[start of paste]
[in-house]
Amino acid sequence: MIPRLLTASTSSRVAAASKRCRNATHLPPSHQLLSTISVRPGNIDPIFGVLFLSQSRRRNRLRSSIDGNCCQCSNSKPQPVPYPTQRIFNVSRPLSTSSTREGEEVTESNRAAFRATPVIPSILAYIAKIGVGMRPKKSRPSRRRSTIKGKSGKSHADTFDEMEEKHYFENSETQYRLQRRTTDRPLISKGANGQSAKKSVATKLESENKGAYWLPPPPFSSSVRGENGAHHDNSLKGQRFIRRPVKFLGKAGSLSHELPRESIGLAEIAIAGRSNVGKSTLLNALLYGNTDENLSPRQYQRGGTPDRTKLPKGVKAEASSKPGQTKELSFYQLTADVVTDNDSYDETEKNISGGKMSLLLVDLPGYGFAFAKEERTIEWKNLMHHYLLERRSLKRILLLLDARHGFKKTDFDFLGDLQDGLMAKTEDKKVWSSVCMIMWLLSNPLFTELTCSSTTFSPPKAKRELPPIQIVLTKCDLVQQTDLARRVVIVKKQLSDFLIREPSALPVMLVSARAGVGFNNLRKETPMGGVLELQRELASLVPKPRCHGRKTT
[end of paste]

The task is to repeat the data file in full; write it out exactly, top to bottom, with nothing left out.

[in-house]
Amino acid sequence: MIPRLLTASTSSRVAAASKRCRNATHLPPSHQLLSTISVRPGNIDPIFGVLFLSQSRRRNRLRSSIDGNCCQCSNSKPQPVPYPTQRIFNVSRPLSTSSTREGEEVTESNRAAFRATPVIPSILAYIAKIGVGMRPKKSRPSRRRSTIKGKSGKSHADTFDEMEEKHYFENSETQYRLQRRTTDRPLISKGANGQSAKKSVATKLESENKGAYWLPPPPFSSSVRGENGAHHDNSLKGQRFIRRPVKFLGKAGSLSHELPRESIGLAEIAIAGRSNVGKSTLLNALLYGNTDENLSPRQYQRGGTPDRTKLPKGVKAEASSKPGQTKELSFYQLTADVVTDNDSYDETEKNISGGKMSLLLVDLPGYGFAFAKEERTIEWKNLMHHYLLERRSLKRILLLLDARHGFKKTDFDFLGDLQDGLMAKTEDKKVWSSVCMIMWLLSNPLFTELTCSSTTFSPPKAKRELPPIQIVLTKCDLVQQTDLARRVVIVKKQLSDFLIREPSALPVMLVSARAGVGFNNLRKETPMGGVLELQRELASLVPKPRCHGRKTT